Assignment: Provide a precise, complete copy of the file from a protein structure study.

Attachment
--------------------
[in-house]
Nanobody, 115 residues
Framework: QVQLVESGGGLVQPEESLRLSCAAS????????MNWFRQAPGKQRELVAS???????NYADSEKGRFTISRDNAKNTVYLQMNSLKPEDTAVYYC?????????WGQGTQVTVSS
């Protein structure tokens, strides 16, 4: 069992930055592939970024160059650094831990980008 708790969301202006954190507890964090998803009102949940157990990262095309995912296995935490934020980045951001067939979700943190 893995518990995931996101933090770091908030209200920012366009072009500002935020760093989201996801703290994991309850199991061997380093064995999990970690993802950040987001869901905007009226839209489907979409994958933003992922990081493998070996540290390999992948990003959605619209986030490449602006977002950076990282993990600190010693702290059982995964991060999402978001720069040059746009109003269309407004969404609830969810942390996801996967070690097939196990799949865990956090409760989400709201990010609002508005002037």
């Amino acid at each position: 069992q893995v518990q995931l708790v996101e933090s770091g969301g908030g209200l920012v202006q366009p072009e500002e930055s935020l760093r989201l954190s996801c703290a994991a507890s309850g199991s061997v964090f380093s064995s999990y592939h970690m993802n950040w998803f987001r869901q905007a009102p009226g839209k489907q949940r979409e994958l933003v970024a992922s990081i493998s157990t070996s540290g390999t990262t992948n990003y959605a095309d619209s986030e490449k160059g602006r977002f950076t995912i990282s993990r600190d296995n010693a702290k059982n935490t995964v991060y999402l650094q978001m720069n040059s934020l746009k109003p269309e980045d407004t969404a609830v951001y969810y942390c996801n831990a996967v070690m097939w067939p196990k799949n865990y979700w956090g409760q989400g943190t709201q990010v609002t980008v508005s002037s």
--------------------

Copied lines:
[in-house]
Nanobody, 115 residues
Framework: QVQLVESGGGLVQPEESLRLSCAAS????????MNWFRQAPGKQRELVAS???????NYADSEKGRFTISRDNAKNTVYLQMNSLKPEDTAVYYC?????????WGQGTQVTVSS
């Protein structure tokens, strides 16, 4: 069992930055592939970024160059650094831990980008 708790969301202006954190507890964090998803009102949940157990990262095309995912296995935490934020980045951001067939979700943190 893995518990995931996101933090770091908030209200920012366009072009500002935020760093989201996801703290994991309850199991061997380093064995999990970690993802950040987001869901905007009226839209489907979409994958933003992922990081493998070996540290390999992948990003959605619209986030490449602006977002950076990282993990600190010693702290059982995964991060999402978001720069040059746009109003269309407004969404609830969810942390996801996967070690097939196990799949865990956090409760989400709201990010609002508005002037």
């Amino acid at each position: 069992q893995v518990q995931l708790v996101e933090s770091g969301g908030g209200l920012v202006q366009p072009e500002e930055s935020l760093r989201l954190s996801c703290a994991a507890s309850g199991s061997v964090f380093s064995s999990y592939h970690m993802n950040w998803f987001r869901q905007a009102p009226g839209k489907q949940r979409e994958l933003v970024a992922s990081i493998s157990t070996s540290g390999t990262t992948n990003y959605a095309d619209s986030e490449k160059g602006r977002f950076t995912i990282s993990r600190d296995n010693a702290k059982n935490t995964v991060y999402l650094q978001m720069n040059s934020l746009k109003p269309e980045d407004t969404a609830v951001y969810y942390c996801n831990a996967v070690m097939w067939p196990k799949n865990y979700w956090g409760q989400g943190t709201q990010v609002t980008v508005s002037s």